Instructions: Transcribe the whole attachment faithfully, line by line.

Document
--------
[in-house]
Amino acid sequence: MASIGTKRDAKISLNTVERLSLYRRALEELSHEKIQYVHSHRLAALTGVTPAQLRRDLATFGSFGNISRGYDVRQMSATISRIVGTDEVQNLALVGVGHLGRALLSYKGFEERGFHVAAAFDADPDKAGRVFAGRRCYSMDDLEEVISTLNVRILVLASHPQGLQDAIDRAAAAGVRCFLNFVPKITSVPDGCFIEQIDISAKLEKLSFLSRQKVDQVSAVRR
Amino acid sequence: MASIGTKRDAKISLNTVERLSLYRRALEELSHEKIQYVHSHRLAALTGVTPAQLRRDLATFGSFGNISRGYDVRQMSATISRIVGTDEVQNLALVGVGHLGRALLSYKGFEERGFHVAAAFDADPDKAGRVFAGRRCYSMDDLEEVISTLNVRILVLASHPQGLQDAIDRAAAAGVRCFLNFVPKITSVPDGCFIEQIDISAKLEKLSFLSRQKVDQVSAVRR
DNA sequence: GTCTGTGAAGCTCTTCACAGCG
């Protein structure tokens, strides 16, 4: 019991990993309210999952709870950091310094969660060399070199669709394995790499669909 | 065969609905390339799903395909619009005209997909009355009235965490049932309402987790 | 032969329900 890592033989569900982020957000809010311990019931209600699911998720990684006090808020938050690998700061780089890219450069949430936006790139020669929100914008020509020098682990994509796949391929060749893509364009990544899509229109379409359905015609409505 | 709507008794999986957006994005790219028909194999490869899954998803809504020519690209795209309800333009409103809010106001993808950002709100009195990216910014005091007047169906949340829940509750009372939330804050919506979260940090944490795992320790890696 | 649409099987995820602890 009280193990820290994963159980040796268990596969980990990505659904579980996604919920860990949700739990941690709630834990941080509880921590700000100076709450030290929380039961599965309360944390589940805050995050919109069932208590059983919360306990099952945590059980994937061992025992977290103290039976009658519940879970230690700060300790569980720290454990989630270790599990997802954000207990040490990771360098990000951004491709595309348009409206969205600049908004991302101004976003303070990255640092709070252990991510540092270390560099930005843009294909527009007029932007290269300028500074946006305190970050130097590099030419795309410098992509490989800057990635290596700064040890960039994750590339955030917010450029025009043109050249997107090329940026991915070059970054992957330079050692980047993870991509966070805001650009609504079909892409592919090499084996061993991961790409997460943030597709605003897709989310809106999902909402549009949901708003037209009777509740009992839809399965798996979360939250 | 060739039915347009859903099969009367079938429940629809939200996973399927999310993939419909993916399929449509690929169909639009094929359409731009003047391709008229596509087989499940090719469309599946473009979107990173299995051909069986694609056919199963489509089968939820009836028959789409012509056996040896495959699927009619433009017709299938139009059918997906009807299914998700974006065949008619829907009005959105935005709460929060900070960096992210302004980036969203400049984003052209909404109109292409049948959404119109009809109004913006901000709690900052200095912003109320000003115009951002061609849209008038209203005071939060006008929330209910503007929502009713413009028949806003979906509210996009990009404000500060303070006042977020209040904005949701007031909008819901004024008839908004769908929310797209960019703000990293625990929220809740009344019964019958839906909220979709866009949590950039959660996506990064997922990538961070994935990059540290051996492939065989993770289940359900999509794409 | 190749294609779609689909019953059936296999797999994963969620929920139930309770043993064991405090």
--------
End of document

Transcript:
[in-house]
Amino acid sequence: MASIGTKRDAKISLNTVERLSLYRRALEELSHEKIQYVHSHRLAALTGVTPAQLRRDLATFGSFGNISRGYDVRQMSATISRIVGTDEVQNLALVGVGHLGRALLSYKGFEERGFHVAAAFDADPDKAGRVFAGRRCYSMDDLEEVISTLNVRILVLASHPQGLQDAIDRAAAAGVRCFLNFVPKITSVPDGCFIEQIDISAKLEKLSFLSRQKVDQVSAVRR
Amino acid sequence: MASIGTKRDAKISLNTVERLSLYRRALEELSHEKIQYVHSHRLAALTGVTPAQLRRDLATFGSFGNISRGYDVRQMSATISRIVGTDEVQNLALVGVGHLGRALLSYKGFEERGFHVAAAFDADPDKAGRVFAGRRCYSMDDLEEVISTLNVRILVLASHPQGLQDAIDRAAAAGVRCFLNFVPKITSVPDGCFIEQIDISAKLEKLSFLSRQKVDQVSAVRR
DNA sequence: GTCTGTGAAGCTCTTCACAGCG
């Protein structure tokens, strides 16, 4: 019991990993309210999952709870950091310094969660060399070199669709394995790499669909 | 065969609905390339799903395909619009005209997909009355009235965490049932309402987790 | 032969329900 890592033989569900982020957000809010311990019931209600699911998720990684006090808020938050690998700061780089890219450069949430936006790139020669929100914008020509020098682990994509796949391929060749893509364009990544899509229109379409359905015609409505 | 709507008794999986957006994005790219028909194999490869899954998803809504020519690209795209309800333009409103809010106001993808950002709100009195990216910014005091007047169906949340829940509750009372939330804050919506979260940090944490795992320790890696 | 649409099987995820602890 009280193990820290994963159980040796268990596969980990990505659904579980996604919920860990949700739990941690709630834990941080509880921590700000100076709450030290929380039961599965309360944390589940805050995050919109069932208590059983919360306990099952945590059980994937061992025992977290103290039976009658519940879970230690700060300790569980720290454990989630270790599990997802954000207990040490990771360098990000951004491709595309348009409206969205600049908004991302101004976003303070990255640092709070252990991510540092270390560099930005843009294909527009007029932007290269300028500074946006305190970050130097590099030419795309410098992509490989800057990635290596700064040890960039994750590339955030917010450029025009043109050249997107090329940026991915070059970054992957330079050692980047993870991509966070805001650009609504079909892409592919090499084996061993991961790409997460943030597709605003897709989310809106999902909402549009949901708003037209009777509740009992839809399965798996979360939250 | 060739039915347009859903099969009367079938429940629809939200996973399927999310993939419909993916399929449509690929169909639009094929359409731009003047391709008229596509087989499940090719469309599946473009979107990173299995051909069986694609056919199963489509089968939820009836028959789409012509056996040896495959699927009619433009017709299938139009059918997906009807299914998700974006065949008619829907009005959105935005709460929060900070960096992210302004980036969203400049984003052209909404109109292409049948959404119109009809109004913006901000709690900052200095912003109320000003115009951002061609849209008038209203005071939060006008929330209910503007929502009713413009028949806003979906509210996009990009404000500060303070006042977020209040904005949701007031909008819901004024008839908004769908929310797209960019703000990293625990929220809740009344019964019958839906909220979709866009949590950039959660996506990064997922990538961070994935990059540290051996492939065989993770289940359900999509794409 | 190749294609779609689909019953059936296999797999994963969620929920139930309770043993064991405090």